I heard Bush's speech last night in the car with Larry and Sarah, on the  way to the emergency animal clinic with their new cat, Bentley (who will be  fine after the antibiotics).  We rode in silence as he spoke:

My fellow citizens, at this hour American and coalition  forces are in the early stages of military operations to disarm Iraq, to free  its people and to defend the world from grave danger.  On my orders,  coalition forces have begun striking selected targets of military importance  to undermine Saddam Hussein's ability to wage war.  These are opening stages  of what will be a broad and concerted campaign.
More than 35 countries are giving crucial support, from the use of naval  and air bases, to help with intelligence and logistics, to the deployment of  combat units.  Every nation in this coalition has chosen to bear the duty and  share the honour of serving in our common defence.
George Bush

One of those 35 countries is Britain.  There are  troops and planes out there, probably ships too.  Lieutenant Colonel Tim  Collins spoke to the 1st Battalion of the Royal Irish last night, just  outside the borders of Iraq:

We go to liberate not to conquer. We will not fly our  flags in their country.  We are entering Iraq to free a people and the only  flag which will be flown in that ancient land is their own. Show respect for  them. There are some who are alive at this moment who will not be alive  shortly. Those who do not wish to go on that journey, we will not send.  As  for the others I expect you to rock their world. Wipe them out if that is  what they choose. But if you are ferocious in battle remember to be  magnanimous in victory.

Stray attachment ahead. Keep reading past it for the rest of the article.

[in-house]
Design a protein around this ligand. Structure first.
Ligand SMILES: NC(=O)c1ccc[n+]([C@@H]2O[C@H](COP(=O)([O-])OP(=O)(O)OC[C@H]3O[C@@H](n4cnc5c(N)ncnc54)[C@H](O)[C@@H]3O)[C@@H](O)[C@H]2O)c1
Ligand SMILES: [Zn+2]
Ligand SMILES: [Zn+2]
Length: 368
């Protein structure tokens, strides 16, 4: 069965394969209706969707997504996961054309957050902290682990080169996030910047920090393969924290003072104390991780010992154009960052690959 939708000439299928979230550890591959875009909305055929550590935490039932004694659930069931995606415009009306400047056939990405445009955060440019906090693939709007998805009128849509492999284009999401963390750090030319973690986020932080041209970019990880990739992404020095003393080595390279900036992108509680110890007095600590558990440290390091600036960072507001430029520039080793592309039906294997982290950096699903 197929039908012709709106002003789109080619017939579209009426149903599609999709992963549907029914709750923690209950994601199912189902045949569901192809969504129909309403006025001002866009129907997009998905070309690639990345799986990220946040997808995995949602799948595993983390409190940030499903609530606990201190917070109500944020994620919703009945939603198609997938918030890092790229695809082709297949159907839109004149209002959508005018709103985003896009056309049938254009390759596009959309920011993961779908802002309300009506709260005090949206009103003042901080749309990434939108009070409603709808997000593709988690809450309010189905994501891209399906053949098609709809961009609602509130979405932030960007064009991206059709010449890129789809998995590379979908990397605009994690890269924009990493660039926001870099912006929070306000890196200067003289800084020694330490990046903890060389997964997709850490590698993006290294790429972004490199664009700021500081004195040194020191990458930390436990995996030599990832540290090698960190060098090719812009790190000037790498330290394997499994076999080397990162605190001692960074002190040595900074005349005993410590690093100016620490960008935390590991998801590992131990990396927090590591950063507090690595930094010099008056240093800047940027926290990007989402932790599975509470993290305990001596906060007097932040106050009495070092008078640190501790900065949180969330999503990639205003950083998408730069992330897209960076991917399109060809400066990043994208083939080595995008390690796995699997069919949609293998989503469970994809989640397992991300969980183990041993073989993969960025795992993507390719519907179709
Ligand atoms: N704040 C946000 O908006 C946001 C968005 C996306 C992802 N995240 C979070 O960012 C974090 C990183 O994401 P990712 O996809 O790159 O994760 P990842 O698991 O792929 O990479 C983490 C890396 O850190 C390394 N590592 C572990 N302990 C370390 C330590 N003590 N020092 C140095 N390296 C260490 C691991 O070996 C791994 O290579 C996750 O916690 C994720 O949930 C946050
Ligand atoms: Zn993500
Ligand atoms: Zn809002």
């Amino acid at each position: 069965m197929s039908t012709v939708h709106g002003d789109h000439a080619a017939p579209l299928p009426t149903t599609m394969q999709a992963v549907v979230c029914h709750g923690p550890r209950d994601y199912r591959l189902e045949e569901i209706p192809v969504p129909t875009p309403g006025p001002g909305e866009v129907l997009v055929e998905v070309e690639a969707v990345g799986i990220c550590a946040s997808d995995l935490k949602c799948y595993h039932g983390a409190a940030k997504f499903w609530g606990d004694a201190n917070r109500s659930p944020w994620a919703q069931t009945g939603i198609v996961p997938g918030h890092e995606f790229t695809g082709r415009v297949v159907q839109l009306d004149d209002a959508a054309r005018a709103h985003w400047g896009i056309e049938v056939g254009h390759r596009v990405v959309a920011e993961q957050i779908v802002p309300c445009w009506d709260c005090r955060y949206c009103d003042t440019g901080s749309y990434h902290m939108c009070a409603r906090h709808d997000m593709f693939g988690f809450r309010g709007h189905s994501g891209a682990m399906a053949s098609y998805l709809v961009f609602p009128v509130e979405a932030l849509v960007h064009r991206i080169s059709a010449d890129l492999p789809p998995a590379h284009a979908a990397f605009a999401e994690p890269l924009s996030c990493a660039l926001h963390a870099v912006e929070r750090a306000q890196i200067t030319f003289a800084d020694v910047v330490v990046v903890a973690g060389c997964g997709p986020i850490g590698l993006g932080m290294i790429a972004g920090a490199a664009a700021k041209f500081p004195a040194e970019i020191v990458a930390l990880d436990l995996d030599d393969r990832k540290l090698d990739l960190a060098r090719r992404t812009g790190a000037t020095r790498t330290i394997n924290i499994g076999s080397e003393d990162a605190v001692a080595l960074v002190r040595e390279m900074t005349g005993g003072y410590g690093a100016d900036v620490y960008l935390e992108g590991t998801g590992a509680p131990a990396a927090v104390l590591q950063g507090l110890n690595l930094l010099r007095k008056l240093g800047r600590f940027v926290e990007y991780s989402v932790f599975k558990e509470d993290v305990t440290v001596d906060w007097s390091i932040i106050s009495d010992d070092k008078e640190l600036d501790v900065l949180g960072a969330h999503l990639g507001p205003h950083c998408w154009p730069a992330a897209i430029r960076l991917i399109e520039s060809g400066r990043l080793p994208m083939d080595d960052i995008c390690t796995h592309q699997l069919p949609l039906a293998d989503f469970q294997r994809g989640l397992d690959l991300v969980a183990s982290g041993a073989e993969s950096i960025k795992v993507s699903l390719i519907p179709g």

Iraq is steeped in history. It is the site of the Garden of Eden, of the  Great Flood and the birthplace of Abraham. Tread lightly there.  You will see  things that no man could pay to see and you will have to go a long way to  find a more decent, generous and upright people than the Iraqis.  You will be  embarrassed by their hospitality even though they have nothing.  Don't treat  them as refugees for they are in their own country. Their children will be  poor, in years to come they will know that the light of liberation in their  lives was brought by you.
If there are casualties of war then remember that when they woke up and  got dressed in the morning they did not plan to die this day.  Allow them  dignity in death. Bury them properly and mark their graves.
It is a big step to take another human life. It is not to be done  lightly.   I know of men who have taken life needlessly in other conflicts, I  can assure you they live with the mark of Cain upon them.  If someone  surrenders to you then remember they have that right in international law and  ensure that one day they go home to their family.  The ones who wish to  fight, well, we aim to please.
Lieutenant Colonel Tim Collins, British Army

Update 25th March: Full text of the speech is on the March 25th entry.

Subscribe to Quantum Tea

Don’t miss out on the latest issues. Sign up now to get access to the library of members-only issues.
Follow me on Mastodon